Shipbuilder Huntington Ingalls announced at 5:11 pm today that it has settled a $2.38 billion contract to build LHA-7, the Tripoli, the second amphibious assault ship of the new America class (pictured), at its Ingalls shipyard in Pascagoula, Mississippi — and it’s a fixed-price contract. That’s a major achievement for acquisition reformers but a significant risk for the contractor.
“Fixed price is the new wave of reform, [but] the second vessel in a class is relatively early to be introducing a fixed-price contract, particularly given the fact that every amphib is a little different from every one that came before,” said industry analyst and consultant Loren Thompson in an interview with Breaking Defense, where he is on the board of contributors. “With only one ship in the class having been built, there are still some uncertainties surrounding manufacturability, sustainment and other factors, so it might be a a little premature for a fixed price contract.”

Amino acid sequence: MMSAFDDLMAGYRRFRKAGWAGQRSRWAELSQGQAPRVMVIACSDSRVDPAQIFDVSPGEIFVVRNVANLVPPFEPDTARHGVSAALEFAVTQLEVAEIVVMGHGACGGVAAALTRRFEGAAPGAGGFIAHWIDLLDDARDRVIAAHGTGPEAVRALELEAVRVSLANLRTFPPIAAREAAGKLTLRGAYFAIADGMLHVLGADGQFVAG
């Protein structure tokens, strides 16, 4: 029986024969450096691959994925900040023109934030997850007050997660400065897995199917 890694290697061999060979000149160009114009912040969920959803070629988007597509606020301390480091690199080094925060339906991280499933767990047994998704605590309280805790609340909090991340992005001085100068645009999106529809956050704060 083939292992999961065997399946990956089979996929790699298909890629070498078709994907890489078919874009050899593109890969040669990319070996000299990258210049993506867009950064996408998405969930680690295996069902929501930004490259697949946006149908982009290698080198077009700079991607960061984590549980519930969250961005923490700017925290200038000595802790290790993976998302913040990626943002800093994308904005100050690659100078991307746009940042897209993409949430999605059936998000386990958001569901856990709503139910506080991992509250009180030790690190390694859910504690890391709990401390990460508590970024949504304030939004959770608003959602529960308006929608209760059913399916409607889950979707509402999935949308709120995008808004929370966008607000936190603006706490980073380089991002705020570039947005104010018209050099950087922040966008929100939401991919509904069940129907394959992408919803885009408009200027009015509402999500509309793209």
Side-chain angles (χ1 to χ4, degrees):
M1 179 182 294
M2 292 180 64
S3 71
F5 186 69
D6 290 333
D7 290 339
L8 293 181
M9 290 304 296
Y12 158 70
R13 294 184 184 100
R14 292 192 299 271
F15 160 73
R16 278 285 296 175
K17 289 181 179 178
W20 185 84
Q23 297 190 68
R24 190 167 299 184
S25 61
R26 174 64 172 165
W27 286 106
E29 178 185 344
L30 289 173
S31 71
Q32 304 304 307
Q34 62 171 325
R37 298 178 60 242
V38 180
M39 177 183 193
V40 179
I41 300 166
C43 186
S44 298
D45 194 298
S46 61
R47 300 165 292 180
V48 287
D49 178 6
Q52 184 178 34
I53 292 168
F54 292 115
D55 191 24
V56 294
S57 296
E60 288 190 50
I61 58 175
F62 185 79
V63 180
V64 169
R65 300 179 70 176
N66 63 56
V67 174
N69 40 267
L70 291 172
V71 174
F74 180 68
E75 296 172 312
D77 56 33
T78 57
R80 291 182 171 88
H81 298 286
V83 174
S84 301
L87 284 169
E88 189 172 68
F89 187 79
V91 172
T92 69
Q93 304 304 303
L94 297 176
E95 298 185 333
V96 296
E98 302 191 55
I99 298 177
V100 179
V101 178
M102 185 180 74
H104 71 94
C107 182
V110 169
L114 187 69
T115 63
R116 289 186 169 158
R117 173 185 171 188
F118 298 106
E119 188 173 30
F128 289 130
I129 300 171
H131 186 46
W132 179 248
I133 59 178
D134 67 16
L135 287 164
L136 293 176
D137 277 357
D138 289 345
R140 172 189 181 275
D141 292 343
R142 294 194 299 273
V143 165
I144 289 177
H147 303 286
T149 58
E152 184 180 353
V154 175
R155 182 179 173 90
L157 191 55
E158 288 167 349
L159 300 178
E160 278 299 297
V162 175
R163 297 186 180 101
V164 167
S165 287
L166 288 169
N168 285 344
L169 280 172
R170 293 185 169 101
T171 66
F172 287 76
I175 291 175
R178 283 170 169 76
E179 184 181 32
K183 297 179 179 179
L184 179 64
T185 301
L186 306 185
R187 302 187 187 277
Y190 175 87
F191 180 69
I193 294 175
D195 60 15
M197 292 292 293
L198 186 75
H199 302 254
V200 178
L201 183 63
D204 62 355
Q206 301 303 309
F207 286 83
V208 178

Nevertheless, he said, “nailing down the terms of a big contract for Ingalls has to be viewed as good news.”
Amphibious assault ships played a major role in last year’s Libya intervention, supporting air operations in the absence of aircraft carriers. Tripoli, like America, is a new design that sacrifices the traditional “well-deck,” used to launch landing craft, in favor of a larger capacity to launch planes and helicopters.